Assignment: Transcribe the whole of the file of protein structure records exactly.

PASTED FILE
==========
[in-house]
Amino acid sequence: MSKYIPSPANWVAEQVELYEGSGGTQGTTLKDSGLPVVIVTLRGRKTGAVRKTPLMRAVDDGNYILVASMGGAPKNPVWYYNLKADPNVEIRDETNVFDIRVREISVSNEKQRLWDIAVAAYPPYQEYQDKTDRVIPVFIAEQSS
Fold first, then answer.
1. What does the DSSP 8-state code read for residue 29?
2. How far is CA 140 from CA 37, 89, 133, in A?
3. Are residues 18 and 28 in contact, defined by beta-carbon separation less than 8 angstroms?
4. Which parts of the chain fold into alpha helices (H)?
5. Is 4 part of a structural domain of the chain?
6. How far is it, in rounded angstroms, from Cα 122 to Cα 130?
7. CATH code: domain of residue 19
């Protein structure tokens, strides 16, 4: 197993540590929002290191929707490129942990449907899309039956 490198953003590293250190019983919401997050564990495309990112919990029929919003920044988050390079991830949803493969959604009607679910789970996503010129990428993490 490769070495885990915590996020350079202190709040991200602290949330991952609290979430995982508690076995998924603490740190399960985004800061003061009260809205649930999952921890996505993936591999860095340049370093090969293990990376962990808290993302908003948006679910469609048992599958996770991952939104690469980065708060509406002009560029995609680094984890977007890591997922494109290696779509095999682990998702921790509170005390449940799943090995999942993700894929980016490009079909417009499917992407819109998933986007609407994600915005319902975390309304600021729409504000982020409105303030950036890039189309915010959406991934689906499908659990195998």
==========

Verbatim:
[in-house]
Amino acid sequence: MSKYIPSPANWVAEQVELYEGSGGTQGTTLKDSGLPVVIVTLRGRKTGAVRKTPLMRAVDDGNYILVASMGGAPKNPVWYYNLKADPNVEIRDETNVFDIRVREISVSNEKQRLWDIAVAAYPPYQEYQDKTDRVIPVFIAEQSS
Fold first, then answer.
1. What does the DSSP 8-state code read for residue 29?
2. How far is CA 140 from CA 37, 89, 133, in A?
3. Are residues 18 and 28 in contact, defined by beta-carbon separation less than 8 angstroms?
4. Which parts of the chain fold into alpha helices (H)?
5. Is 4 part of a structural domain of the chain?
6. How far is it, in rounded angstroms, from Cα 122 to Cα 130?
7. CATH code: domain of residue 19
């Protein structure tokens, strides 16, 4: 197993540590929002290191929707490129942990449907899309039956 490198953003590293250190019983919401997050564990495309990112919990029929919003920044988050390079991830949803493969959604009607679910789970996503010129990428993490 490769070495885990915590996020350079202190709040991200602290949330991952609290979430995982508690076995998924603490740190399960985004800061003061009260809205649930999952921890996505993936591999860095340049370093090969293990990376962990808290993302908003948006679910469609048992599958996770991952939104690469980065708060509406002009560029995609680094984890977007890591997922494109290696779509095999682990998702921790509170005390449940799943090995999942993700894929980016490009079909417009499917992407819109998933986007609407994600915005319902975390309304600021729409504000982020409105303030950036890039189309915010959406991934689906499908659990195998």